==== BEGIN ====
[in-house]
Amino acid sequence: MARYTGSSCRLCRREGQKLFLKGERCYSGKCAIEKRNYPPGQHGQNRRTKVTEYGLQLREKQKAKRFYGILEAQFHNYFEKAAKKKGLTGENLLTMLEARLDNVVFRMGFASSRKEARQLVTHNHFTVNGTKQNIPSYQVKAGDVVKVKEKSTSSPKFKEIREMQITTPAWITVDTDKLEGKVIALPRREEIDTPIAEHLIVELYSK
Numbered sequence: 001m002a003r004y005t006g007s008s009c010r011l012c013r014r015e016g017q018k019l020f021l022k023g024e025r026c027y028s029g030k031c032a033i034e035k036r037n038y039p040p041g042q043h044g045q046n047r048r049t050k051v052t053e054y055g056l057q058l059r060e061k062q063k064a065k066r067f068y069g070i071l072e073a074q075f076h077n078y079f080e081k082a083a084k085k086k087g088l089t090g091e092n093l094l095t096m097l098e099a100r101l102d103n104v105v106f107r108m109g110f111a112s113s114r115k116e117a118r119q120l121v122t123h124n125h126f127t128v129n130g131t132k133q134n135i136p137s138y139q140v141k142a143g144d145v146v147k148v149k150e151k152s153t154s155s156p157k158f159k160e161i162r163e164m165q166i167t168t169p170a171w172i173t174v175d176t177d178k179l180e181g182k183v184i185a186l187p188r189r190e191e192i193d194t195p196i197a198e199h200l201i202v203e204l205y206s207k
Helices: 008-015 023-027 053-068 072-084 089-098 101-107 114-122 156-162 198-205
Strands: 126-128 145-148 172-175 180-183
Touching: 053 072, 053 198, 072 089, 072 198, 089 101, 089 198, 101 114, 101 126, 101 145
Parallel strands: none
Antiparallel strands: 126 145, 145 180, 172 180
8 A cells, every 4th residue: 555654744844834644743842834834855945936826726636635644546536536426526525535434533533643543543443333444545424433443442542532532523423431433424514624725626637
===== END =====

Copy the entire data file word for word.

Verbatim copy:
[in-house]
Amino acid sequence: MARYTGSSCRLCRREGQKLFLKGERCYSGKCAIEKRNYPPGQHGQNRRTKVTEYGLQLREKQKAKRFYGILEAQFHNYFEKAAKKKGLTGENLLTMLEARLDNVVFRMGFASSRKEARQLVTHNHFTVNGTKQNIPSYQVKAGDVVKVKEKSTSSPKFKEIREMQITTPAWITVDTDKLEGKVIALPRREEIDTPIAEHLIVELYSK
Numbered sequence: 001m002a003r004y005t006g007s008s009c010r011l012c013r014r015e016g017q018k019l020f021l022k023g024e025r026c027y028s029g030k031c032a033i034e035k036r037n038y039p040p041g042q043h044g045q046n047r048r049t050k051v052t053e054y055g056l057q058l059r060e061k062q063k064a065k066r067f068y069g070i071l072e073a074q075f076h077n078y079f080e081k082a083a084k085k086k087g088l089t090g091e092n093l094l095t096m097l098e099a100r101l102d103n104v105v106f107r108m109g110f111a112s113s114r115k116e117a118r119q120l121v122t123h124n125h126f127t128v129n130g131t132k133q134n135i136p137s138y139q140v141k142a143g144d145v146v147k148v149k150e151k152s153t154s155s156p157k158f159k160e161i162r163e164m165q166i167t168t169p170a171w172i173t174v175d176t177d178k179l180e181g182k183v184i185a186l187p188r189r190e191e192i193d194t195p196i197a198e199h200l201i202v203e204l205y206s207k
Helices: 008-015 023-027 053-068 072-084 089-098 101-107 114-122 156-162 198-205
Strands: 126-128 145-148 172-175 180-183
Touching: 053 072, 053 198, 072 089, 072 198, 089 101, 089 198, 101 114, 101 126, 101 145
Parallel strands: none
Antiparallel strands: 126 145, 145 180, 172 180
8 A cells, every 4th residue: 555654744844834644743842834834855945936826726636635644546536536426526525535434533533643543543443333444545424433443442542532532523423431433424514624725626637